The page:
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Condition-based maintenance: a boost against the competition

Siemens Theorist Siemens Theorist
Siemens Theorist

To compete in today’s global economy, businesses are searching for potential advantages that won’t cost them an arm and a leg, or even a new engine.


A growing number of industries—from marine companies to power utilities—have found such an advantage in condition-based maintenance (CBM), which can improve maintenance, repair and operations (MRO) efficiency and boost sustainability.


CBM relies on the Industrial Internet of Things (IIoT) to capture real-time data from sensors embedded in industrial assets so that maintenance is performed only when it’s needed—rather than at scheduled intervals—helping manufacturers drastically reduce unplanned downtime.


In addition, by lengthening the lifecycle of assets through CBM, businesses reduce the need to produce or procure new parts or equipment. Also, curbed resource waste and consumption contributes to a more sustainable business from both an environmental and profitability standpoint.


For industries such as manufacturing, transportation and utilities, these benefits are proving to be game-changers. In fact, the top three industries that invested in IIoT in 2018 were manufacturing ($189 billion); transportation ($85 billion) with a focus on freight monitoring and fleet management; and utilities ($73 billion), with a focus on smart grids, according to IDC Research.

 

And because sensors have dropped in price but improved in functionality, the market has responded with economical CBM solutions that bundle hardware, software and services; and cover the broad spectrum of safety, quality and value to fit manufacturers’ needs.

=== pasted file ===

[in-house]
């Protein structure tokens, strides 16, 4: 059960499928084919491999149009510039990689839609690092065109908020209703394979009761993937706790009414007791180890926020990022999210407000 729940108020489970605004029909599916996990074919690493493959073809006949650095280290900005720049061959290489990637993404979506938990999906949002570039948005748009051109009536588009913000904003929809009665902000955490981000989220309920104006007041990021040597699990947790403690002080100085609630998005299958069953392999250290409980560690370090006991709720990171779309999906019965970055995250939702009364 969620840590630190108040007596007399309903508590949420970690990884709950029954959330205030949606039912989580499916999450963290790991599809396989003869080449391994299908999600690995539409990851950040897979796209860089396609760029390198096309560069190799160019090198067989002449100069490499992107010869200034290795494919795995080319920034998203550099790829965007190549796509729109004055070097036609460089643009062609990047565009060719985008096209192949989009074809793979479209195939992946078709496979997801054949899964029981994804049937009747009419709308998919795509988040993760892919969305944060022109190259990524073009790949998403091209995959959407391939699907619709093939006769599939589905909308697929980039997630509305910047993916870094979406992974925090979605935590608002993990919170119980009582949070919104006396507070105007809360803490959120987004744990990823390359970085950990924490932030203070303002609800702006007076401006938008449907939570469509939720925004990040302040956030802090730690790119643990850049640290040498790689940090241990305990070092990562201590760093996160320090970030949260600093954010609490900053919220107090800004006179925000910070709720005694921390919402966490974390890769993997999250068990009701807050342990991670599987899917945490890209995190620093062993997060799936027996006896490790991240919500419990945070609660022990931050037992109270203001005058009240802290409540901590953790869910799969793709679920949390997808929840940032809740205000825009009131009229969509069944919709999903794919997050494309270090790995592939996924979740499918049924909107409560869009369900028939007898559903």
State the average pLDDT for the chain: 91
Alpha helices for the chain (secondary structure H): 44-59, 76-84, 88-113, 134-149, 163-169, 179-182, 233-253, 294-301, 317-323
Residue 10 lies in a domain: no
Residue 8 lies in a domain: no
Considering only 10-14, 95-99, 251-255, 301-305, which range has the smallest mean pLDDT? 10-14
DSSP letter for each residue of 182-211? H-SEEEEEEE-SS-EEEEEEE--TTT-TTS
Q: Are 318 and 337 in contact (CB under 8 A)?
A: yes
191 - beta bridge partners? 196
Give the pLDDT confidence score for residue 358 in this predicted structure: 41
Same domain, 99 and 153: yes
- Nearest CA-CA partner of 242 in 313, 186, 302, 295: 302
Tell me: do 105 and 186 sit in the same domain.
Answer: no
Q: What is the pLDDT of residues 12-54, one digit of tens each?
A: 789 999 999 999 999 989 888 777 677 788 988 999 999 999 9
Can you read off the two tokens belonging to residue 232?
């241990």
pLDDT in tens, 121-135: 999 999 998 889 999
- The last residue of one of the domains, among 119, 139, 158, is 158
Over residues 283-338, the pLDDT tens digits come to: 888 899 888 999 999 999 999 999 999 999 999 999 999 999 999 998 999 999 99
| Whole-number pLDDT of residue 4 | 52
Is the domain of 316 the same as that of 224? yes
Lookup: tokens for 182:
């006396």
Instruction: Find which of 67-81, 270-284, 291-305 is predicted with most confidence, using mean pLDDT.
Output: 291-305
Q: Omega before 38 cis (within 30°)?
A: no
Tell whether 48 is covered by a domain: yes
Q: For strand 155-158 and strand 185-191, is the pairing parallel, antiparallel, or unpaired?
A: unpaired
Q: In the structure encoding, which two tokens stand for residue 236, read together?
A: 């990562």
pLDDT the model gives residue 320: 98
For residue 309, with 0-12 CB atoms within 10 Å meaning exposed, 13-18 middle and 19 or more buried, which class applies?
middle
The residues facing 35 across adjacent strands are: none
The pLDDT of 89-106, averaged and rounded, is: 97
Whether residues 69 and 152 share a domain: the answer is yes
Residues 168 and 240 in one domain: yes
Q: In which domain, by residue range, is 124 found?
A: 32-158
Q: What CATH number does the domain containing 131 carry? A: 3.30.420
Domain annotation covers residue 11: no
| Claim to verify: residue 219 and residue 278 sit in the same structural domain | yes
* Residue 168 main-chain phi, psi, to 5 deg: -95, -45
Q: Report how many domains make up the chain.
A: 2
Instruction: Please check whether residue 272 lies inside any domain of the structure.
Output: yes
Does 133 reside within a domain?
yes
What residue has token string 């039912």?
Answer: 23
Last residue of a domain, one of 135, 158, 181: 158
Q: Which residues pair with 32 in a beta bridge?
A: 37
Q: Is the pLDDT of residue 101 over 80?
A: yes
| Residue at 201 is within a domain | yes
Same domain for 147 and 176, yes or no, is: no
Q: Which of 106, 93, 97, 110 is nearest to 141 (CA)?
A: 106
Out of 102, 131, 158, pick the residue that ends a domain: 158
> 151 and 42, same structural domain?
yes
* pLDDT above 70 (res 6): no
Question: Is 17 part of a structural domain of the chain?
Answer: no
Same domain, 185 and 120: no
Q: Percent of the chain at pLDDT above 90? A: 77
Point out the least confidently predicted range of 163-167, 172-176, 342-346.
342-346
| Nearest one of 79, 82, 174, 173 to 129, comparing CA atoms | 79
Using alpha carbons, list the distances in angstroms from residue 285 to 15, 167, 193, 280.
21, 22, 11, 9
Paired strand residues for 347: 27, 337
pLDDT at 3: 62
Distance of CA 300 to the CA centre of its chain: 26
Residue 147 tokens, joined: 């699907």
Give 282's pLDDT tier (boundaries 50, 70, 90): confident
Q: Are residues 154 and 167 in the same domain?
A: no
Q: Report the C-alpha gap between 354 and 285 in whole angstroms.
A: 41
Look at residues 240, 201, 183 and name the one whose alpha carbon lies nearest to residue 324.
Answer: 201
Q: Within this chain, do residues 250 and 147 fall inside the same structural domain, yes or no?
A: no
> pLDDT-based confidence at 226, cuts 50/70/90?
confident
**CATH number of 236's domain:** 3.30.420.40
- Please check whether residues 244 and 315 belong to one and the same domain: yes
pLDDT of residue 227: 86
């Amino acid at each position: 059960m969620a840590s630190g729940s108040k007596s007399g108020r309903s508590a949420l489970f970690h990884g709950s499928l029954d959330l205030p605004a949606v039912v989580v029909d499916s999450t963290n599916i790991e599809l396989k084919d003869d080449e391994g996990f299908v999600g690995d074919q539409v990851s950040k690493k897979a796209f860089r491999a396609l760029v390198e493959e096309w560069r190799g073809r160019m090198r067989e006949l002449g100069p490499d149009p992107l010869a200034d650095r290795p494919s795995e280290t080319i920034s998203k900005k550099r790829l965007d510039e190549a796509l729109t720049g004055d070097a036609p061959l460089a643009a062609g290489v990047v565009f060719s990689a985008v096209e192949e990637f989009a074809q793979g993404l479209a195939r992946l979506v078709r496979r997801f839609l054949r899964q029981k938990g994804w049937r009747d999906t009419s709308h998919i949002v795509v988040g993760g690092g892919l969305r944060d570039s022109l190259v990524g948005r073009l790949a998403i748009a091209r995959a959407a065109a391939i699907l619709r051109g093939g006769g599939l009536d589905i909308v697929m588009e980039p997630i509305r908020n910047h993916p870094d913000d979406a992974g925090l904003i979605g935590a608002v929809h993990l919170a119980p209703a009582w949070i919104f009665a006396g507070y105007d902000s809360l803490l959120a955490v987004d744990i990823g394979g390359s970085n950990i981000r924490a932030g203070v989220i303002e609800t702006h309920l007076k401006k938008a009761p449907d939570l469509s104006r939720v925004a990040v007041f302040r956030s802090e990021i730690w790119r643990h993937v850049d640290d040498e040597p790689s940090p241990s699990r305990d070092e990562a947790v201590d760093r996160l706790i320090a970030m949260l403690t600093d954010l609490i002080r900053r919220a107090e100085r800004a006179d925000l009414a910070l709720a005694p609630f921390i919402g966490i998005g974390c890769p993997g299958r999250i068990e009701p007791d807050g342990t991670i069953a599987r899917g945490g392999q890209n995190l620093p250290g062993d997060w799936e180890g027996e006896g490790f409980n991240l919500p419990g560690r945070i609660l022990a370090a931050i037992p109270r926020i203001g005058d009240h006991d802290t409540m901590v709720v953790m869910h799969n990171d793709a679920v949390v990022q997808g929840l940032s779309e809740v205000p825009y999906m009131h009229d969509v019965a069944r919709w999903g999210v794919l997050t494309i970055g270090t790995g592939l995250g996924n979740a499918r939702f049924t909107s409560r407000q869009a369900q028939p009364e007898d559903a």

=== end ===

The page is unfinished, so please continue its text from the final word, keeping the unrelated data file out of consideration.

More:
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Some examples include:

 

Vibration monitoring in the power industry. Power companies are using data such as vibration rates emitted from IIoT instruments to monitor the health of assets such as engines, pumps and compressors. This allows the utility to understand trends, and monitor performance, quality or impending failure. They can then conduct targeted repairs instead of diagnosing with limited information or responding only after a failure. By avoiding going off-line through unexpected equipment failures, utilities can dodge the loss of real-time revenue streams and minimize the costly practice of buying replacement power from competitors.

 

Safety at sea in the marine industry. In the marine industry, fleet owners are beginning to leverage CBM technology to improve MRO processes at sea. Fortunately, most electrical equipment onboard ships already include embedded sensors or provides data such as temperature, pressure, current power and switchboards, easing the way for the implementation of CBM. Ship owners  also use data from ultrasonic monitoring to detect deep subsurface defects such as hull corrosion. That’s important given limited parts as well as maintenance teams at sea.

 

Listening carefully in the oil and gas industry. The detection and location of leaks in buried pipelines that are under flow conditions is a primary concern for the oil and gas industry. Monitoring data from acoustic emission sensors, sounds emitted by material deformation, structural motion or external impact help identify and localize leaks much faster than conventional methods. Use of CBM programs on buried pipelines thus helps hone MRO processes while protecting the environment.


These and other global industries are getting a leg up by strategically transforming MRO into a competitive advantage. As technology helps them move forward, companies that take steps to implement CBM are poised to set themselves apart from rivals as they improve overall performance, reduce waste and cut costs.

 

This concludes our introduction to condition-based maintenance. 


About the author
Senthil Kumar is a digital enterprise business development consultant working in the Asia-Pacific presales and consulting group within Siemens PLM Software. He has been with Siemens for 18 years playing numerous roles within business consulting, presales and implementing PLM solutions. He has worked with several companies in the machinery, energy, automotive, aerospace and defense, and HTE industries across many countries.